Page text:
him his income of eleven dollars a week; but painting
was his forte if he only had time to devote to the
technique! Yet all the arts being one he had written a
play; he also modeled in clay and sang tenor parts as
understudy to the great Schudenfeldt. Hope, good-
cheer and a devotion to art were the distinguishing
features of Mein Herr Geyer.
All this was in the city of Leipzig; but Herr Geyer be-
coming a member of the Court Theater, the family
moved to Dresden, where at this time lived one Weber,
a composer, who used to walk by the Geyer home and
occasionally stop in for a little rest. At such times one
of the children would be sent out with a pitcher, and
the great composer and Herr Geyer would in fancy
roam the realm of art, and Herr Geyer would impart to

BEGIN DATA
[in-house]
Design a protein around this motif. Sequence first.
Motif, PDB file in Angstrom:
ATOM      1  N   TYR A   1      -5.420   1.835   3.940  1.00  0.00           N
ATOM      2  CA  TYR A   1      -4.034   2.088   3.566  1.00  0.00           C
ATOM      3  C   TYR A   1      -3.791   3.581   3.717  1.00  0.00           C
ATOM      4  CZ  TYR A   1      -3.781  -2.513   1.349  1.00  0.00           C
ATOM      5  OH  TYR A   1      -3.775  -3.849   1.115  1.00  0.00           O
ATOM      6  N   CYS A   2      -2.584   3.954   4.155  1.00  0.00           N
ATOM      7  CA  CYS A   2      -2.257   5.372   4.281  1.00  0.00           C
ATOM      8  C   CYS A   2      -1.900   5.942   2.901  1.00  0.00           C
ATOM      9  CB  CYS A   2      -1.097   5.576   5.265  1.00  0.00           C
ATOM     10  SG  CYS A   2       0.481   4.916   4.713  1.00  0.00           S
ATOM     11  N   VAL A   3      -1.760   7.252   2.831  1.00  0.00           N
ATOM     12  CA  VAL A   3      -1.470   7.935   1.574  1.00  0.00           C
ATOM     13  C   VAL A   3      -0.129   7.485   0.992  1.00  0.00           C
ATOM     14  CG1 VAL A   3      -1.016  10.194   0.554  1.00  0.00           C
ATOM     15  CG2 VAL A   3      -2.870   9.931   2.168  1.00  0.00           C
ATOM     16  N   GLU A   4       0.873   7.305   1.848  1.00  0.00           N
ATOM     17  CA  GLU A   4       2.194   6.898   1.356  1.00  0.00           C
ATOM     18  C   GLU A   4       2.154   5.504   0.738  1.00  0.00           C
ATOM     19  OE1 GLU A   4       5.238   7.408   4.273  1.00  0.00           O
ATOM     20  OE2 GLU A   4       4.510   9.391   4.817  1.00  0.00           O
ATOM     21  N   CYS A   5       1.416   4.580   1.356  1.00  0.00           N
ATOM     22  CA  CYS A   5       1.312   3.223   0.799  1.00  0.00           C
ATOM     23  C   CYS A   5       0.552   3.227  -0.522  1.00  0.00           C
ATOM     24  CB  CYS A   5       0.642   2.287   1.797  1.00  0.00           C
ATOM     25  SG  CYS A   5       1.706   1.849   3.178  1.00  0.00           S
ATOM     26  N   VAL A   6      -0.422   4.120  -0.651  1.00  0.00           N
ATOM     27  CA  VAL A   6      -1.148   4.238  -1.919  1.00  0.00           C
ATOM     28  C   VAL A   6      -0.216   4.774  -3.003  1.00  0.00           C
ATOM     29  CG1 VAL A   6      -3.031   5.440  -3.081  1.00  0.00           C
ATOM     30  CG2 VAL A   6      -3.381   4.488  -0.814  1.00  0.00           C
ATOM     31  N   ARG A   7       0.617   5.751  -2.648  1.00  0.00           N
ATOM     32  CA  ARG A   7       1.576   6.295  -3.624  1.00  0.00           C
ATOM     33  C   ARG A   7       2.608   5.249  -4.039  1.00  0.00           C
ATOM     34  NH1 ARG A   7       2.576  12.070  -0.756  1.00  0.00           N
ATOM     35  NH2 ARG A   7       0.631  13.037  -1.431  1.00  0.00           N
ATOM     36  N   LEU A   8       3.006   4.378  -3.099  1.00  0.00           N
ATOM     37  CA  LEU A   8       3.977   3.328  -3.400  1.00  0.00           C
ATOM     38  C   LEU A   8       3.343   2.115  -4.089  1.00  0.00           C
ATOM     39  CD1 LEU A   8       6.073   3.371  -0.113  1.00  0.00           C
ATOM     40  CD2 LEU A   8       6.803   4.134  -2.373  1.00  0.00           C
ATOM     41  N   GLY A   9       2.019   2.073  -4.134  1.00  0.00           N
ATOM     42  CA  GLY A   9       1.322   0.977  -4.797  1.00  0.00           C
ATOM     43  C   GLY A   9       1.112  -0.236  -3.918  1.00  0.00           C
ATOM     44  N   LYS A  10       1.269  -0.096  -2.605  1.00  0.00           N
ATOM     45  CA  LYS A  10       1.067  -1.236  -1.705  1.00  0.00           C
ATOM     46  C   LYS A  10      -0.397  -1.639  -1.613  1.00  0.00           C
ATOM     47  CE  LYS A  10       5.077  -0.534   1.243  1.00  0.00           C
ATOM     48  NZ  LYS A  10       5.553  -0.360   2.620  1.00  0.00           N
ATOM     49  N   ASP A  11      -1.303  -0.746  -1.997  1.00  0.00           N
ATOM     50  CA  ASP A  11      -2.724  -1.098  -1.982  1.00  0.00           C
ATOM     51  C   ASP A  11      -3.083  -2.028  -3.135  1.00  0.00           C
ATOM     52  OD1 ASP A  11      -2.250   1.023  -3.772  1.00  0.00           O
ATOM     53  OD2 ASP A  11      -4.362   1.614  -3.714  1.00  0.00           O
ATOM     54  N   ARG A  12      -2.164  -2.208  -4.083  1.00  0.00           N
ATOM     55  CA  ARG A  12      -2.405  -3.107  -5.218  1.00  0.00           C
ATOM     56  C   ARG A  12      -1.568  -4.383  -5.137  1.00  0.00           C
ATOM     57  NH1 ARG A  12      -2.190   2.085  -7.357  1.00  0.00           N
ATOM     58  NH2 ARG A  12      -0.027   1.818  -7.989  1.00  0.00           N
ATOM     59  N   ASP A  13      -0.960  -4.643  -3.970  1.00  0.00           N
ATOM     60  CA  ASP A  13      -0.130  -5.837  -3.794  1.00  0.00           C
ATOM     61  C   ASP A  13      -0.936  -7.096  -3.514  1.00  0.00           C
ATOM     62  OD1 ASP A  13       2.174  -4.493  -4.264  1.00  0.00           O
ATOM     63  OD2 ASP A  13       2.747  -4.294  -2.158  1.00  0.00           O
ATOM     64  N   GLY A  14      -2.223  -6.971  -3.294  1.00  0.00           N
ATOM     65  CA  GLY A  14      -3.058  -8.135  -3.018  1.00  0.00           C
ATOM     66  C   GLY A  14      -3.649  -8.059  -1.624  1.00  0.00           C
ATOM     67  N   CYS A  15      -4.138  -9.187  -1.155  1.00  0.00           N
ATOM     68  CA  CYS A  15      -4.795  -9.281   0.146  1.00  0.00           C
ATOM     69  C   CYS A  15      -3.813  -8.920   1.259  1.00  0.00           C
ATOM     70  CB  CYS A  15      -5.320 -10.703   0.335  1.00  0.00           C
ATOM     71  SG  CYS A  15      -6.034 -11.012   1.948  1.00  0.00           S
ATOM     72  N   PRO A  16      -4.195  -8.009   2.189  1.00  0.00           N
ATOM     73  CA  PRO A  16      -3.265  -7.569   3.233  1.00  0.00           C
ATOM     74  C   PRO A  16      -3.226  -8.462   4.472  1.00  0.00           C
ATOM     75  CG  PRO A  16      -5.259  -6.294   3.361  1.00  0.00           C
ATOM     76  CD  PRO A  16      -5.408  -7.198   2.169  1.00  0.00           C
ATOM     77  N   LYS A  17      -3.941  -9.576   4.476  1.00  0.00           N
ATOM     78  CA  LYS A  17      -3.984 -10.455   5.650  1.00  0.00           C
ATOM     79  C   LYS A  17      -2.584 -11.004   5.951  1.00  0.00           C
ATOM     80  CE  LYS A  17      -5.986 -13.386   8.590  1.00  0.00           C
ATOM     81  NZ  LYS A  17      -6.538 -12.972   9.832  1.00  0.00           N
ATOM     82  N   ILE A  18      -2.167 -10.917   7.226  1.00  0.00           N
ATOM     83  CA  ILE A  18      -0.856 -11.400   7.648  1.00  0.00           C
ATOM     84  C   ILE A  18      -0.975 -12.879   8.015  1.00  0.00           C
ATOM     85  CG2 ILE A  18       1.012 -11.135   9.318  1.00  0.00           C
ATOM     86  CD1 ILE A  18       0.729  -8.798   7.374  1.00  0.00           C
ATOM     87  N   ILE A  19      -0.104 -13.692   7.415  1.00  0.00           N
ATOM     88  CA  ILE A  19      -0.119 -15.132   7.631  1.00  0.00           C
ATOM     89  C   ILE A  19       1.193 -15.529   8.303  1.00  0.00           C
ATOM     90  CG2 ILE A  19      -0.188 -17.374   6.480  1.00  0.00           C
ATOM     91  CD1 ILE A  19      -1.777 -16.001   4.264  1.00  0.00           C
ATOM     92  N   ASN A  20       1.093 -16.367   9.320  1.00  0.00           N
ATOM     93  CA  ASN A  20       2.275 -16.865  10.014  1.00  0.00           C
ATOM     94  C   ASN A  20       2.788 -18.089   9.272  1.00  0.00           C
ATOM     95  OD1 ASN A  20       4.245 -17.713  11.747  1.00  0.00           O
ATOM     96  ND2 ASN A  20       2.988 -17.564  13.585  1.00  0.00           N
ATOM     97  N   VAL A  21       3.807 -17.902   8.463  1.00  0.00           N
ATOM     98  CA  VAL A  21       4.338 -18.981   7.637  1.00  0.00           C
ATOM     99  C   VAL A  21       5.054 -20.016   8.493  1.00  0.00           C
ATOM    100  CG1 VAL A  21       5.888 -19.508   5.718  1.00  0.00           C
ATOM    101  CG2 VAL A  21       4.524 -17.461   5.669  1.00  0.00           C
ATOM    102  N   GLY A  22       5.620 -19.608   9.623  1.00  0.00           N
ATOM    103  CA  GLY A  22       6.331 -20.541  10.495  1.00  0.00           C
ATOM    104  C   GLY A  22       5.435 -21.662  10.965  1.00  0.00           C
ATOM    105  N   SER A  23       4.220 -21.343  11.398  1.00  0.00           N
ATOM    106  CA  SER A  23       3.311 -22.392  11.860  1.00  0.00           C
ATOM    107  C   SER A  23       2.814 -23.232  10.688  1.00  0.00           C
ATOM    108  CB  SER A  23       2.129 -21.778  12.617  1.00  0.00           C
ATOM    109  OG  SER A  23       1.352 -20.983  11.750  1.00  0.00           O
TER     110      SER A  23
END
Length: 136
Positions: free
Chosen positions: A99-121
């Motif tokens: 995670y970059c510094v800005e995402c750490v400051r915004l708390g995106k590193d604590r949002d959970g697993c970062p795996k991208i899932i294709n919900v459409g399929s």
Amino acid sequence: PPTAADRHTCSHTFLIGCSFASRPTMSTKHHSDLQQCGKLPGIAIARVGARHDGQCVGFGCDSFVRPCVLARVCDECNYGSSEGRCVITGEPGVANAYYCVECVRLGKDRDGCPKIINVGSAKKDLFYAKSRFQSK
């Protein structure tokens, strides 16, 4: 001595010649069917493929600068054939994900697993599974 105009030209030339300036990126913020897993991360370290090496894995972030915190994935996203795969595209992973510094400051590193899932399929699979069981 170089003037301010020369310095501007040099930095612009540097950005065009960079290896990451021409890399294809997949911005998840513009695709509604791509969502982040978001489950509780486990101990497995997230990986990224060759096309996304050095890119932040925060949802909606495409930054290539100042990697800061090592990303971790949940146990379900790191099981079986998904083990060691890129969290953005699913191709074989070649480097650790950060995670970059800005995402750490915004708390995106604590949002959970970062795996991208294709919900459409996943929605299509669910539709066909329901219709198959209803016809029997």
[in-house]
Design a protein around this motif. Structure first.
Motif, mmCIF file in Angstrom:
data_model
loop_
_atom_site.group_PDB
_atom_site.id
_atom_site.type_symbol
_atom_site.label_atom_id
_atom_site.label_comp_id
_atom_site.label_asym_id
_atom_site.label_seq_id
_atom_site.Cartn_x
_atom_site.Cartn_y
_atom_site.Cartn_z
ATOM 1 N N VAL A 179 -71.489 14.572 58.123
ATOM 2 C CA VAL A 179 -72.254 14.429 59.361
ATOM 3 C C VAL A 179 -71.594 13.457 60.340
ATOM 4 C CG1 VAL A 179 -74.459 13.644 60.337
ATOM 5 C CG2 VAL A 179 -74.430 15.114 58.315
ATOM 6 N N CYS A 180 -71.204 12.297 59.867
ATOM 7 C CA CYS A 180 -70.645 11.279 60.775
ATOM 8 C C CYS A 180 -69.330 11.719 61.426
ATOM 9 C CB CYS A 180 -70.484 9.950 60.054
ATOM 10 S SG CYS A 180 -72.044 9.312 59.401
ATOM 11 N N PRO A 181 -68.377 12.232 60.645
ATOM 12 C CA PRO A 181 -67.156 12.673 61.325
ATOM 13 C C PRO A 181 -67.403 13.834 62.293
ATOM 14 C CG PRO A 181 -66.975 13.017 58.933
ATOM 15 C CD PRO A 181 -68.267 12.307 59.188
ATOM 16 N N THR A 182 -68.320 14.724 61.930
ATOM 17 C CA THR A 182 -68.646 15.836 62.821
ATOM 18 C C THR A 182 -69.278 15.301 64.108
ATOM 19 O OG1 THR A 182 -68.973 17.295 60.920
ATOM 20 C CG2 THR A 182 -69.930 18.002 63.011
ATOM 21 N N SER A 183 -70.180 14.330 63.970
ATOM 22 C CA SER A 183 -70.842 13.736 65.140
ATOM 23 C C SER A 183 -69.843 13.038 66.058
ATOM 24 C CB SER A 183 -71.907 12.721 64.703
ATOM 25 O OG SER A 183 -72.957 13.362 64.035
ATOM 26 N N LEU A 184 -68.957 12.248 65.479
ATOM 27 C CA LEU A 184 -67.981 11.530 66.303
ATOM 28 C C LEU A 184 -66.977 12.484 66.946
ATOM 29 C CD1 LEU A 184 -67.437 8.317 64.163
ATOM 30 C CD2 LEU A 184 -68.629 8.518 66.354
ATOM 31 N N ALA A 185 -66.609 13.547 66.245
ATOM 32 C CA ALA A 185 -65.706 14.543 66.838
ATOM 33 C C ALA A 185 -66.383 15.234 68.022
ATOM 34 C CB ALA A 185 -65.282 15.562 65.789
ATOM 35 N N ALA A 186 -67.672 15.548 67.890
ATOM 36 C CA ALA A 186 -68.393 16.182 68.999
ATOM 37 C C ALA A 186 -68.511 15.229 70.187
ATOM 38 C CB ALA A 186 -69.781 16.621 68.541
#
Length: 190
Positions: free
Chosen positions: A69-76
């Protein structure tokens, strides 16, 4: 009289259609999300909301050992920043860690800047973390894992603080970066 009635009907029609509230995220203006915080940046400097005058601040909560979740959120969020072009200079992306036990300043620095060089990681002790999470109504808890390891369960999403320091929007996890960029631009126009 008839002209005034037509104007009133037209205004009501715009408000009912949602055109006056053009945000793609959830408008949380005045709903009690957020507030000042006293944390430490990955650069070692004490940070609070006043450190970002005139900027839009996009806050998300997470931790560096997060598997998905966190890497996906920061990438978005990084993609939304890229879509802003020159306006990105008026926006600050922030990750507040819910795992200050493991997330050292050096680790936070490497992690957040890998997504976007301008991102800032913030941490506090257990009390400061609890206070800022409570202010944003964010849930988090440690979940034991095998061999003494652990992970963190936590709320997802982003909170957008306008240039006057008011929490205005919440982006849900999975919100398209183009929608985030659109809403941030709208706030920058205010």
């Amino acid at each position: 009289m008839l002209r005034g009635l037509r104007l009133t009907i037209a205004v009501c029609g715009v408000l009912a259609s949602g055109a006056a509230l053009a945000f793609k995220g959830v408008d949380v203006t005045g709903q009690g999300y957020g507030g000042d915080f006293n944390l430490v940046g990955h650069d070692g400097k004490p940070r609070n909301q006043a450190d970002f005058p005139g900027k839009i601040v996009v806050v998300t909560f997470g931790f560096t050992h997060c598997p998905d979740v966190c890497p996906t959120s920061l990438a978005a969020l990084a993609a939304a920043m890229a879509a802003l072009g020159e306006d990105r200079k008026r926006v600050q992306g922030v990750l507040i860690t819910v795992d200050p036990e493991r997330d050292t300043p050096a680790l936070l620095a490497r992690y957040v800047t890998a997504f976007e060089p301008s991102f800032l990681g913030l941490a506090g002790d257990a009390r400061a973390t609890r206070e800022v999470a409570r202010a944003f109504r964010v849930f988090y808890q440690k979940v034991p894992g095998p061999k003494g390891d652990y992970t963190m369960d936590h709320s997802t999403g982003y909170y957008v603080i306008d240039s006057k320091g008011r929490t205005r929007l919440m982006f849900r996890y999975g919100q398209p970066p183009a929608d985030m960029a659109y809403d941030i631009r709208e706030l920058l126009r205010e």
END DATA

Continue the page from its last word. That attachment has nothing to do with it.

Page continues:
Herr Weber valuable ideas that had never been used.
The little boy, Richard, used to cherish these visits of
Weber, and would sit and watch for hours for the com-
ing of the queer old man in the long gray cloak.
The stork, one fine day, brought Richard a little sister.
He was scarce two years older than she. These two
sort of grew up together, and were ever the special
pets of Herr Geyer, who used to take them to the
theater and seat them on a bench in the wings where
they could watch him lead the assault in " The Pirate's
Richard regarded his stepfather with all the affection
that ever a child had for its own parent; and until he
was twenty-one was known to the world as Richard